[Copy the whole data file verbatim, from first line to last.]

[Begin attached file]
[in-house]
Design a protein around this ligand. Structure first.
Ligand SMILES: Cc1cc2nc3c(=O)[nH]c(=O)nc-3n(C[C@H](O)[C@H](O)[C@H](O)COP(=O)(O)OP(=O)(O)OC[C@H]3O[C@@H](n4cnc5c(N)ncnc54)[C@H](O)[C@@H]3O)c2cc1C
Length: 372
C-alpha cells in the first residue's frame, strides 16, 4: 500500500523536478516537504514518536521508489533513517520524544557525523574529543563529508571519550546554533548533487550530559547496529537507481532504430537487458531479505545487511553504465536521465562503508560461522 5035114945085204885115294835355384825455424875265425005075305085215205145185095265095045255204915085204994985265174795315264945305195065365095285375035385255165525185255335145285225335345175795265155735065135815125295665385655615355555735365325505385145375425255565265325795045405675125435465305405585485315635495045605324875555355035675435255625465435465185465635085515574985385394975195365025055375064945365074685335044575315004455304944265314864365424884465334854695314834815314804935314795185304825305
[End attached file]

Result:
[in-house]
Design a protein around this ligand. Structure first.
Ligand SMILES: Cc1cc2nc3c(=O)[nH]c(=O)nc-3n(C[C@H](O)[C@H](O)[C@H](O)COP(=O)(O)OP(=O)(O)OC[C@H]3O[C@@H](n4cnc5c(N)ncnc54)[C@H](O)[C@@H]3O)c2cc1C
Length: 372
C-alpha cells in the first residue's frame, strides 16, 4: 500500500523536478516537504514518536521508489533513517520524544557525523574529543563529508571519550546554533548533487550530559547496529537507481532504430537487458531479505545487511553504465536521465562503508560461522 5035114945085204885115294835355384825455424875265425005075305085215205145185095265095045255204915085204994985265174795315264945305195065365095285375035385255165525185255335145285225335345175795265155735065135815125295665385655615355555735365325505385145375425255565265325795045405675125435465305405585485315635495045605324875555355035675435255625465435465185465635085515574985385394975195365025055375064945365074685335044575315004455304944265314864365424884465334854695314834815314804935314795185304825305